LEWISTON — It is a problem that has been around since man first started gathering in cities: How to get rid of human waste in a way that is safe and efficient.

A group in Lewiston-Auburn tweaked the cities’ existing solution to that problem and, as a result, the U.S. Environmental Protection Agency has recognized it for creating a waste disposal system that reduces the amount of waste and produces energy to cut costs at the same time.

The Lewiston-Auburn Water Pollution Control Authority was given an honorable mention for excellence and innovation for the project. The kudos are impressive, if not a little hard for a layman to understand. Technically, the project was lauded for its “anaerobic digestion and co-generation units,” a method of disposing of “biosolids.”

According to a news release, the LAWPCA needed new options to dispose of waste processed by the Twin Cities’ treatment plant because of the rising costs of applying it to farm fields.

The authority received a loan to construct an anaerobic digestion facility and that is when the magic happened. The project reduced the amount of final waste product while producing significant amounts of electricity, which is used to power the water reclamation facility.

According to the EPA, the project’s two 230-kilowatt biogas cogeneration engines produce an average of 200,000 kilowatt hours per month and have gone as high as 380,000 kilowatt hours some months. This self-generated power significantly reduces the facility’s energy costs.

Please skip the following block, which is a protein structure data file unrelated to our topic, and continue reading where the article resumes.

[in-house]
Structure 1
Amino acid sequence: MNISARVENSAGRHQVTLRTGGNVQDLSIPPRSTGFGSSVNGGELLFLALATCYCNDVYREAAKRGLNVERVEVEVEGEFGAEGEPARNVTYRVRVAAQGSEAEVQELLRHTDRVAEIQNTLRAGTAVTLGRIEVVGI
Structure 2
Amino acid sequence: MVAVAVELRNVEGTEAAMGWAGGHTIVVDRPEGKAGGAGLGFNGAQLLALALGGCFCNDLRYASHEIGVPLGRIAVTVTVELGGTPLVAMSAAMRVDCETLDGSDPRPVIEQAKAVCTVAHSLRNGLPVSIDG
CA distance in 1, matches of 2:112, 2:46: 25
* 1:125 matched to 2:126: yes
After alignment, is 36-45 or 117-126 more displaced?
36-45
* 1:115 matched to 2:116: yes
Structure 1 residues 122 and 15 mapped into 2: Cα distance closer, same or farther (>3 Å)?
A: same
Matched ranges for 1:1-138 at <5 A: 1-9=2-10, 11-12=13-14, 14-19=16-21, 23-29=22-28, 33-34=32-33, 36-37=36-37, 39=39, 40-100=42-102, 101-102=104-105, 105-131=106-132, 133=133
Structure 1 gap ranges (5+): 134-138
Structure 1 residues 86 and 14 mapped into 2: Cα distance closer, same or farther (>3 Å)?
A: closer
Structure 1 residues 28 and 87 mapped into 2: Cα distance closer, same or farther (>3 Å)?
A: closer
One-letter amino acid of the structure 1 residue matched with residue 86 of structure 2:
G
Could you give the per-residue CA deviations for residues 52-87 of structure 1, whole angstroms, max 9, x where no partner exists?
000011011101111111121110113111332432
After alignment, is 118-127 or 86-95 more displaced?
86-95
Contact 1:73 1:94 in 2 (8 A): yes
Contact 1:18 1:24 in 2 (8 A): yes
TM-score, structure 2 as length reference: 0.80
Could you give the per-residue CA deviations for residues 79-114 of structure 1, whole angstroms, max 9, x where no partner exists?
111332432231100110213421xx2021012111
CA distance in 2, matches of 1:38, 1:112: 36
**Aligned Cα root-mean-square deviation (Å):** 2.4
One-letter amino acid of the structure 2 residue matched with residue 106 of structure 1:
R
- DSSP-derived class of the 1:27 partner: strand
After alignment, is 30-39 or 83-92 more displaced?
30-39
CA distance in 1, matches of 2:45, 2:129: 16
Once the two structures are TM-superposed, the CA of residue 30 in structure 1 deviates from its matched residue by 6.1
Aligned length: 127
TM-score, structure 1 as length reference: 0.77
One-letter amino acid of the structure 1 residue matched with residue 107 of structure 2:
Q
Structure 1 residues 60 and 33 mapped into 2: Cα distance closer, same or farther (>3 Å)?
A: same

The local project was one of four in New England to be recognized and among 30 honored nationwide

“The scale and complexity of the projects that are being recognized show the determination and creativity of EPA’s partners in achieving water quality goals,” EPA New England Regional Administrator Alexandra Dunn said in the release.

Details about the project can be found at the LAWPCA website.

The Lewiston-Auburn Water Pollution Control Authority facility in Lewiston. (Courtesy of LAWPCA)

What is Anaerobic digestion?

Anaerobic digestion is a series of biological processes in which microorganisms break down biodegradable material in the absence of oxygen. One of the end products is biogas, which is combusted to generate electricity and heat, or can be processed into renewable natural gas and transportation fuels.

A range of anaerobic digestion technologies are converting livestock manure, municipal wastewater solids, food waste, high strength industrial wastewater and residuals, fats, oils and grease and various other organic waste streams into biogas, 24 hours a day, seven days a week. Separated digested solids can be composted, utilized for dairy bedding, directly applied to cropland or converted into other products. Nutrients in the liquid stream are used in agriculture as fertilizer.

Source: Lewiston-Auburn Water Pollution Control Authority

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